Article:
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See below for a selection of the latest books from Shakespeare plays category. Presented with a red border are the Shakespeare plays books that have been lovingly read and reviewed by the experts at Lovereading. With expert reading recommendations made by people with a passion for books and some unique features Lovereading will help you find great Shakespeare plays books and those from many more genres to read that will keep you inspired and entertained. And it's all free!
This urgent and provocative study explores contemporary Shakespeare performance to bring a sense of theatre as technology into view. Rather than merely using technologies, the theatre's distinctively intermedial character is essential to its complex technicity; the changing function of gesture and costume, of written documents in the making of performance, of light and sound, and of the interplay of live and recorded acting complicate the sense of theatre as a medium. In a series of probing discussions, Worthen interrogates the interaction of live and mediated acting onstage, the impact of written media from the handwritten scroll to the small-screen app in acting as a techne, the work of Original Practices as an interactive modern theatre technology, the economies of theatrical immersion, and the consequences of an emerging algorithmic theatre, providing a richly theoretical reading of the stakes of theatre as an always-emerging technology.
For the first time, the world-renowned Arden Shakespeare is producing Performance Editions, aimed specifically for use in the rehearsal room. Published in association with the Shakespeare Institute, the text features easily accessible facing page notes - including short definitions of words, key textual variants, and guidance on metre and pronunciation; a larger font size for easier reading; space for writing notes and reduced punctuation aimed at the actor rather than the reader. With editorial expertise from the worlds of theatre and academia, the series has been developed in association with actors and drama students. The Series Editors are distinguished scholars Professor Michael Dobson and Dr Abigail Rokison and leading Shakespearean actor, Simon Russell Beale.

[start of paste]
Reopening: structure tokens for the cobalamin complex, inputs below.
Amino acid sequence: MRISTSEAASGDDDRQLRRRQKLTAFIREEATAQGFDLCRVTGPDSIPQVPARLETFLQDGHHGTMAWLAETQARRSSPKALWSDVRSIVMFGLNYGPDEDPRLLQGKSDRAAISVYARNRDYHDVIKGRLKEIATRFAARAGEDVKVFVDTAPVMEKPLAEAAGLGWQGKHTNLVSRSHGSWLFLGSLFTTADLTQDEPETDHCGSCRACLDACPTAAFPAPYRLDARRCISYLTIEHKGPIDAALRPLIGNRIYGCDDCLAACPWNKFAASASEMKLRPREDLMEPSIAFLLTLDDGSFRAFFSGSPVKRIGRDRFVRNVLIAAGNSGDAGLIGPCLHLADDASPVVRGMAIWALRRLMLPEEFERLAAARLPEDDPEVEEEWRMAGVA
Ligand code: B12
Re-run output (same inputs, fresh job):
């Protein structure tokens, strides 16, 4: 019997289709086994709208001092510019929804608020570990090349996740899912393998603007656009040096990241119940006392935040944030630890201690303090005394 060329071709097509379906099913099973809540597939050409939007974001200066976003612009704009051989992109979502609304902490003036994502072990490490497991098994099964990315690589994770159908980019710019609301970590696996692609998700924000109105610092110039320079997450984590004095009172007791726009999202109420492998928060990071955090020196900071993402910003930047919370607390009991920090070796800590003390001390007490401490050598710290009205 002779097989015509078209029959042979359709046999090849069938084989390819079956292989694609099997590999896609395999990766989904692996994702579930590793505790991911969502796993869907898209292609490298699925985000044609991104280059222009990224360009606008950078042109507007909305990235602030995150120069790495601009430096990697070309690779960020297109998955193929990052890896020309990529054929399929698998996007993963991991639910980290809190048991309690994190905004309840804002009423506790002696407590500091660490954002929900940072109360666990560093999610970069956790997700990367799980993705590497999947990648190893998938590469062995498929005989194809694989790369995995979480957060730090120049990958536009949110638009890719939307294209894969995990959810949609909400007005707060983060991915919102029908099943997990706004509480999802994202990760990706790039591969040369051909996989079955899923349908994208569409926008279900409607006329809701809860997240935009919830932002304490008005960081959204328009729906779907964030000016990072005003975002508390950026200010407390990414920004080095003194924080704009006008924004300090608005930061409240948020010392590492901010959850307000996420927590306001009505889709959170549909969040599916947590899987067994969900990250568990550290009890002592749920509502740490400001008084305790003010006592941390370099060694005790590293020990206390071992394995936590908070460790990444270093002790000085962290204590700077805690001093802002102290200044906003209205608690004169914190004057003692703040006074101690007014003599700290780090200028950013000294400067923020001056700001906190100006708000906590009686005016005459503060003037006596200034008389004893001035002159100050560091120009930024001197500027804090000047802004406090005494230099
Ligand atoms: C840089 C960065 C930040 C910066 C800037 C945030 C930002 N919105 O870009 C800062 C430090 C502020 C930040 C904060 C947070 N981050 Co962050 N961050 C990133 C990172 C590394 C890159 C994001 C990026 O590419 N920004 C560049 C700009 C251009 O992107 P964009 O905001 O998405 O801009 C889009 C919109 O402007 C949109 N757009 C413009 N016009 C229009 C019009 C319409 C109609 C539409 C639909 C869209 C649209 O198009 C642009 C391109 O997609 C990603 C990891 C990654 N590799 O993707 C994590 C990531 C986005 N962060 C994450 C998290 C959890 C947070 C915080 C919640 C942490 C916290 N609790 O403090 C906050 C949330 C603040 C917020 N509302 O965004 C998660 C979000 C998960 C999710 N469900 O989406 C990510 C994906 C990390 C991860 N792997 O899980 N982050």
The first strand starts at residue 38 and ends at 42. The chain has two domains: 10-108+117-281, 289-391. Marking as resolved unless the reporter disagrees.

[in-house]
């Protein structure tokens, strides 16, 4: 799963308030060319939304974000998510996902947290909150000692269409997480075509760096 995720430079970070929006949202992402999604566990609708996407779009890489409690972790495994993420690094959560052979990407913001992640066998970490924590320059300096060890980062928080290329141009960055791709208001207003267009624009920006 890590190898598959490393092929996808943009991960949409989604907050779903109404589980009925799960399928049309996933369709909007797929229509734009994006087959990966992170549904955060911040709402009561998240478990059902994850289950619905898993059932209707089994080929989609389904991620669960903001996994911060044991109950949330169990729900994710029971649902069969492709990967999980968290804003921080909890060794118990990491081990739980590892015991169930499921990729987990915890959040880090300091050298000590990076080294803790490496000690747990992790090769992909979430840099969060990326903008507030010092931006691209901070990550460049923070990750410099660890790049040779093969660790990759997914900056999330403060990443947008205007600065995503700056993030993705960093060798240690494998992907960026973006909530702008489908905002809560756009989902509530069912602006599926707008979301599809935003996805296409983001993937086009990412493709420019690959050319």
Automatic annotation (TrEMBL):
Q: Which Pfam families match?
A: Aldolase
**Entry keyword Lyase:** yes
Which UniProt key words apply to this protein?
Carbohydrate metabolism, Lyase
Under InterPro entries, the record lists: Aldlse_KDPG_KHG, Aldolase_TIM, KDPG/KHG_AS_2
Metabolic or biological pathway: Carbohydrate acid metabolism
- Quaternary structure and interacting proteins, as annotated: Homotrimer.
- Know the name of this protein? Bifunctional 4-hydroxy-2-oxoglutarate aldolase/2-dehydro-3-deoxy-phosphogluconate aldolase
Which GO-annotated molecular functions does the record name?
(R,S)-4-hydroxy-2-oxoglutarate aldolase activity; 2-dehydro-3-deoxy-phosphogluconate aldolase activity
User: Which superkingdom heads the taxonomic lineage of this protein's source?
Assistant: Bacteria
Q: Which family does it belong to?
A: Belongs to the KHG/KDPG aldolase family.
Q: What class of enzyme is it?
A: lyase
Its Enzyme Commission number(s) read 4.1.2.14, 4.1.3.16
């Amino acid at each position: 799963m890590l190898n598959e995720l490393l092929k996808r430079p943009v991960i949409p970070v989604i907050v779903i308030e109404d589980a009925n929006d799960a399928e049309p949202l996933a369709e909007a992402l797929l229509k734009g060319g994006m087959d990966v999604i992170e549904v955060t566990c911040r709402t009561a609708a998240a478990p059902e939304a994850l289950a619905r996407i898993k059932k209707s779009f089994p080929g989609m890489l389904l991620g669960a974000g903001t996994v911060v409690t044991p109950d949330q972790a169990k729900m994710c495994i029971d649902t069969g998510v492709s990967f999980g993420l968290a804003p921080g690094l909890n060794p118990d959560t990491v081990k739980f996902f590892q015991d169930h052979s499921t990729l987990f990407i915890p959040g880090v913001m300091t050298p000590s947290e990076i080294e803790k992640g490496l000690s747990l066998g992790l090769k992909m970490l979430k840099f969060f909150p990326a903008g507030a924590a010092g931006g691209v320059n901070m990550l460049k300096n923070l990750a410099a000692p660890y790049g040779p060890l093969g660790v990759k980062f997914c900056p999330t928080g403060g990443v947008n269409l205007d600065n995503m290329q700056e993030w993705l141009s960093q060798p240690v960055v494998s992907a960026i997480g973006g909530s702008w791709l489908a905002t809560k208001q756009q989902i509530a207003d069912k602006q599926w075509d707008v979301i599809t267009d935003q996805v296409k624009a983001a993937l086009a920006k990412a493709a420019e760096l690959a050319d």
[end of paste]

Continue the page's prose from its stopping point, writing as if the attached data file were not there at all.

Shakespeare and Posthumanist Theory charts challenges in the field of Shakespeare studies to the assumption that the category human is real, stable, or worthy of privileging in discussions of the playwright's work. Drawing on a variety of methodologies - cognitive theory, systems theory, animal studies, ecostudies, the new materialisms - the volume investigates the world of Shakespeare's plays and poems in order to represent more thoroughly its variety, its ethics of inclusion, and its resistance to human triumphalism and exceptionalism. Karen Raber, a leading scholar in the field, clearly and cogently guides the reader through complex theoretical terrain, providing fresh, exciting readings of plays including Othello, The Tempest, Titus Andronicus, Troilus and Cressida and Henry IV Part 1.
This book is a translation of German versions of both Hamlet and Romeo and Juliet. The introductions to each play place these versions of Shakespeare's plays in the German context, and offer insights into what we can learn about the original texts from these translations. English itinerant players toured in northern continental Europe from the 1580s. Their repertories initially consisted of plays from the London theatre, but over time the players learnt German, and German players joined the companies, as a result of which the dramatic texts were adapted and translated into German. A number of German plays now extant have a direct connection to Shakespeare. Four of them are so close in plot, character constellation and at times even language to their English originals that they can legitimately be considered versions of Shakespeare's plays. This volume offers fully edited translations of two such texts: Der Bestrafte Brudermord / Fratricide Punished (Hamlet) and Romio und Julieta (Romeo and Juliet). With full scholarly apparatus, these texts are of seminal interest to all scholars of Shakespeare's texts, and their transmission over time in print, translation and performance.